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Indian J Orthop. 2010 Oct-Dec; 44(4): 435–437.
PMCID: PMC2947732

Clinical signs and anatomical correlation of patellar tendinitis

Abstract

Background:

Patellar tendinitis is one of the several differential diagnosis of anterior knee pain. The clinical diagnosis of patellar tendinitis is based on tenderness to palpation at the inferior pole of the patella. The tenderness has been noted to be maximal when the knee is extended and the quadriceps relaxed, but a definite clinical sign for diagnosis is lacking. The accuracy of two clinical signs was assesed by a two-stage study which included physical examination, MRI and a cadaveric study.

Materials and Methods:

Two clinical signs, the “passive flexion-extension sign” and the “standing active quadriceps sign” were assessed in 10 consecutive patients with presumed patellar tendinitis. Five patients had an MRI, showed focal abnormality in the tendon. The location of the MRI finding corresponded, to the region of maximal tenderness. A cadaveric dissection was undertaken to describe the anatomy of the patella and the patellar tendon during these tests.

Results:

Both tests showed a significant decrease in tenderness at the area of inflammation when the patellar tendon was under tension. The cadaveric dissection showed that when the knee is flexed to 90° or when the quadriceps is tensioned the deep fibers of the tendon do not deform to anteriorly applied pressure.

Conclusion:

We suggest using these studies routinely in the evaluation of patients with anterior knee pain.

Keywords: Anterior knee pain, patellar tendinitis, patellar tendon

INTRODUCTION

Patellar tendinitis or jumper’s knee is a common overuse injury in sports. First described by Blazina 1 in 1973, the condition develops in athletes who engage in various sports, particularly those that lead to high eccentric quadriceps loading such as basketball, volleyball, long distance running, and skiing.24 The proximal part of the patellar tendon is most often affected and the proximal third of the tendon is usually thickened.5

Patellar tendinitis is one of the several differential diagnosis of anterior knee pain. The diagnosis can be mistaken for other disorders or injuries, such as bursitis, meniscal tear, chondromalacia or other causes of the patellofemoral pain syndrome.2 A detailed history and a careful physical examination often leads to the correct diagnosis, but surprisingly, the literature lacks for specific clinical signs to diagnose the problem.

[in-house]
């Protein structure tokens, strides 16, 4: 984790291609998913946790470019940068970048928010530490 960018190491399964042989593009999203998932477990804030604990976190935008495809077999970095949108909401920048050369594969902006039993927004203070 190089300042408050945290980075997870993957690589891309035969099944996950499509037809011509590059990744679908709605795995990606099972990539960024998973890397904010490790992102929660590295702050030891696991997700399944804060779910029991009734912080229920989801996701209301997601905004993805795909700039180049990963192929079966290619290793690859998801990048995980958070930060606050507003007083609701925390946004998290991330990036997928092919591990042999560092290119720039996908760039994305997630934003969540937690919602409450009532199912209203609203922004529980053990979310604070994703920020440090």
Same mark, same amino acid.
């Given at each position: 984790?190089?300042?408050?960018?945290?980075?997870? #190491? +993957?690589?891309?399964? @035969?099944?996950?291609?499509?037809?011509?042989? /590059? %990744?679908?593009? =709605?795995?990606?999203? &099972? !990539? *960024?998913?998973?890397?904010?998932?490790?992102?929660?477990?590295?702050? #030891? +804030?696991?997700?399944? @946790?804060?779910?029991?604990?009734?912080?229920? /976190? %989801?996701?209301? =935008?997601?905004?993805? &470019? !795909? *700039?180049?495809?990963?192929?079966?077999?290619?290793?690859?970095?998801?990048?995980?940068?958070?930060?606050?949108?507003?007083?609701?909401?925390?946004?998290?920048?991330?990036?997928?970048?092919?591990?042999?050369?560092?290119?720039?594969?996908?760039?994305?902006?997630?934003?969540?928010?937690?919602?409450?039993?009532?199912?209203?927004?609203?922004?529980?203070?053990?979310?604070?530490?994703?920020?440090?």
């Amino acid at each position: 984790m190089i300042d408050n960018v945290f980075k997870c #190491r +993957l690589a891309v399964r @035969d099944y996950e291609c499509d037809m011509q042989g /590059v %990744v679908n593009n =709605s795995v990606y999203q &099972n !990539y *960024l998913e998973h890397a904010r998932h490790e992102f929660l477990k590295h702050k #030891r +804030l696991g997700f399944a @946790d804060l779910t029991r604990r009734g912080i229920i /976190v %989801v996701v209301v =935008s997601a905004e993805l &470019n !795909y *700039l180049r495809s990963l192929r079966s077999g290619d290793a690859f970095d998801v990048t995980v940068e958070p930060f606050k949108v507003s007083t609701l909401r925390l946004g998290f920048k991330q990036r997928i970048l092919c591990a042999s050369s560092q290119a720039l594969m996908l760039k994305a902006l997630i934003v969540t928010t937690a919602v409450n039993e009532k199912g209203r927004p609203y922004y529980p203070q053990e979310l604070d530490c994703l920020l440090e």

The purpose of this paper is to assess the two clinical signs used routinely at our clinic for patellar tendinitis. The reproducibility of these signs was evaluated on 10 consecutive patients and a second stage cadaveric study was performed to show an anatomic correlation for these signs.

MATERIALS AND METHODS

Ten consecutive patients with anterior knee pain confined to the inferior pole of the patella and the proximal patellar tendon were included. There were six females and four males. Average age was 30.3 (range 22 years-47 years) years. In seven patients the symptoms were related to athletic activity (six - long distance running, one - soccer). None had previous injury, injection, or surgery to the affected knee.

Clinical signs

Two clinical signs were performed to assess patellar tendinitis. In the “passive extension – flexion sign” the patient lies supine on the examination table. The anterior aspect of the extended knee is palpated to define the point of maximal tenderness [Figure 1a]. In the case of patellar tendinitis, tenderness to palpation of the tendon is most often located at the origin of the tendon at the inferior pole of the patella. Once the point of maximal tenderness is identified, the knee is flexed to 90° and pressure is again applied to the tendon [Figure 1b].

Figure 1
Clinical photograph showing (a) Palpation of the patellar tendon in passive extension (b) Palpation of the patellar tendon in 90° flexion

For the “standing active quadriceps sign”, the patellar tendon is palpated along its course while the patient stands [Figure 2a]. The point of maximal tenderness identified. The patient is then asked to stand only on the involved extremity with 30° of knee flexion and the tendon was re-palpated [Figure 2b].

Figure 2
Clinical photograph showing (a) Standing active quadriceps test, weight bearing in full extension (b) Standing active quadriceps test, weight bearing in 30° of flexion

In both these tests, the patient should note a marked reduction of tenderness to palpation when the knee is flexed or the quadriceps contract, in order to confirm the diagnosis of patellar tendinitis.

Patient evaluation